I have 2 questions related to spiral galaxies. Firstly, how did the arms form? Why would the stars accumulate into those specific areas? And secondly, why are they still intact? The inner parts of ...
9
votes
3answers
294 views

How can the 13.8 billion years old universe have a radius of 46 billion light years?

The universe is about 13.8 billion years old. Assume at the big-bang it starts from a small region and the maximum possible speed according Einstein is the speed of light how can the universe got a ...
9
votes
3answers
143 views

What is the ultimate fate of a cluster of galaxies?

We're fairly aware clusters of galaxies drift apart due to space expansion, which will drive them out of each other's cosmic event horizon eventually, leaving them separate, alone, each a single ...
9
votes
2answers
218 views

Do moons have moons?

Have we discovered any natural satellites of natural satellites of planets or dwarf planets? Even very small, or relatively short-lived - e.g. ringlets around Saturn's moons, some meteorites orbiting ...
9
votes
2answers
216 views

Why can't we observe the Oort cloud with a telescope?

The Oort cloud is a hypothetical structure based on our observation of long-period comets. There are currently proposals to design probes to confirm the existence of the Oort cloud. Now, sending a ...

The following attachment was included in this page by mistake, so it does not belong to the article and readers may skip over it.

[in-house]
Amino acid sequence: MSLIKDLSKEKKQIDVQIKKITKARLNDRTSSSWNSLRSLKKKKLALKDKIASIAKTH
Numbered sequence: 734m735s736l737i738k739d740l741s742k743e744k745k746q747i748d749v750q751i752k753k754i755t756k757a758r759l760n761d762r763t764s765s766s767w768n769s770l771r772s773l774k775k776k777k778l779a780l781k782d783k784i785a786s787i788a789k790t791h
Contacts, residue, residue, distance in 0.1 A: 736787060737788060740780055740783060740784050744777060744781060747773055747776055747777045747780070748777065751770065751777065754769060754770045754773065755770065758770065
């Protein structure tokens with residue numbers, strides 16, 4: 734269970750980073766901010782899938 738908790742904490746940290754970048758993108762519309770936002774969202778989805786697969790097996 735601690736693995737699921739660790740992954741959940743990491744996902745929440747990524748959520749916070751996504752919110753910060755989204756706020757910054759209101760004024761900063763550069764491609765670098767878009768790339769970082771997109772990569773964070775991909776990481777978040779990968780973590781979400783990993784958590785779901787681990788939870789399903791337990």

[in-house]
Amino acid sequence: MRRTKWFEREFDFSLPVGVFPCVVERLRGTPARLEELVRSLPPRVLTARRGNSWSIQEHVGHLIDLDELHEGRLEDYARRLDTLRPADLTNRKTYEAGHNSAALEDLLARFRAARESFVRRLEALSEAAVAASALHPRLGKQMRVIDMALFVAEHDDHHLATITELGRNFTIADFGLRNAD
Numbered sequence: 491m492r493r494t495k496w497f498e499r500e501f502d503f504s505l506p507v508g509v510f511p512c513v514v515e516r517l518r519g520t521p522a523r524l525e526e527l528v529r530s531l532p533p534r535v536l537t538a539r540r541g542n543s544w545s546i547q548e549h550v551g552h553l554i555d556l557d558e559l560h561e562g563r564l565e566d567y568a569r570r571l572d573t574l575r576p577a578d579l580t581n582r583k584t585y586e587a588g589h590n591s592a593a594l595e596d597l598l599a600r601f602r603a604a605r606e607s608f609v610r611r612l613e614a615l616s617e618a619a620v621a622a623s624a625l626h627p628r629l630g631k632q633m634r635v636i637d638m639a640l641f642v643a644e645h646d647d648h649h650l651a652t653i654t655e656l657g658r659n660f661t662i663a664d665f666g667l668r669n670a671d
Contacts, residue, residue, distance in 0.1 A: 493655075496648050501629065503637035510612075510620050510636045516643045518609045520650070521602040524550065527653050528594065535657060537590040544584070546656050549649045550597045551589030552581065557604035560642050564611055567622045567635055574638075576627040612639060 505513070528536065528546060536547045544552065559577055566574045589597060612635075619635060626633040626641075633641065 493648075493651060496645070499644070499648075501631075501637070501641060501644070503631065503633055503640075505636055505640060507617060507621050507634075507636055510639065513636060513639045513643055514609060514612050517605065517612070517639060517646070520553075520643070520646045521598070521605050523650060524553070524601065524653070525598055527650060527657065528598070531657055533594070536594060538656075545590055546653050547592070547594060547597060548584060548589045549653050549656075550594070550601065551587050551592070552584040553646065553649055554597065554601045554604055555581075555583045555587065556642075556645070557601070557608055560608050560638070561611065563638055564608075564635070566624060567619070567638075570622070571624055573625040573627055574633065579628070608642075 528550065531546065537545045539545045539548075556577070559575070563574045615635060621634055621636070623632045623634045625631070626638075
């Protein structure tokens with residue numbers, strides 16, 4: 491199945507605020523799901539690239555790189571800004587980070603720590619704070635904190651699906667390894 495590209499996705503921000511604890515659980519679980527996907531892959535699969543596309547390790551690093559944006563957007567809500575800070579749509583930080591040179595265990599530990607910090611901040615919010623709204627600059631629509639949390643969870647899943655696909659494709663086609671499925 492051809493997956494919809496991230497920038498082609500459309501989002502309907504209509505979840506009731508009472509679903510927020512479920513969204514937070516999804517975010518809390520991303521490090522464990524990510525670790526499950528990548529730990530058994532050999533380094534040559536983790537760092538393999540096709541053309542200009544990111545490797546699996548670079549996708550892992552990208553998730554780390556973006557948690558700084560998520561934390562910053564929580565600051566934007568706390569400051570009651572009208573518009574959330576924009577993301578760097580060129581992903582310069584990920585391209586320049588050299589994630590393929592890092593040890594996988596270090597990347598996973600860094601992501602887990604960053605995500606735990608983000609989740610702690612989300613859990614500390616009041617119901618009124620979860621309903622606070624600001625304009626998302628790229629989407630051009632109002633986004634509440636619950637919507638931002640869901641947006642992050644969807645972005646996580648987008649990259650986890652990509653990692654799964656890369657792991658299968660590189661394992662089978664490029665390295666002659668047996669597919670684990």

9
votes
2answers
186 views

Will new stars stop forming at some point of time?

New stars keep forming in the universe thanks to all the nebulae. Now, we need Hydrogen to form stars and there would a time when all the hydrogen will get exhausted, and no more star formation will ...
9
votes
3answers
1k views

Why isn't Earth a perfect sphere? [closed]

In general, almost everyone describes Earth as an perfect sphere, but in reality it isn't a perfect sphere. Is there any specific reason why Earth is not perfect sphere ?
9
votes
2answers
103 views

What is radiation pressure and how does it prevent a star from forming?

This is a follow up to: Is there a theoretical maximum size limit for a star? The answer there talks about the radiation pressure preventing a star from forming. What reaction is causing this ...
9
votes
2answers
49 views

What azimuth description systems are in use?

For a time, I thought Azimuth is always direction in degrees, 0 for local, geographic north, 90 for east etc. Then, trying to observe moonrise I downloaded an app that gave azimuth in values between ...
9
votes
3answers
213 views

How can the Earth's rotation speed up? [closed]

It is known as a fact that Earth's rotation is slowing every year, that's why we sometimes have 61 seconds long minutes. In the Java documentation of Time : ...
9
votes
2answers
174 views

How are Galaxy Super Clusters Generated

I have seen pictures of clusters of galaxies, usually used in regards to theories of dark matter and galaxy formations. One of the most famous ones has the perceived shape of a stick-figure. If I am ...
9
votes
1answer
138 views

How Does a Refractor Telescope Work?

As I understand it, the difference between a reflector and a refractor is that a reflector uses mirrors on the back to reflect the light to the secondary mirror then the secondary mirror reflects the ...
9
votes
1answer
142 views

What happens to a star after it has become a red giant?

When our sun reaches the end of its lifetime , it will turn into a red giant. How long will it be a red giant, and what happens after a star has been a red giant? Does it turn into a planet after a ...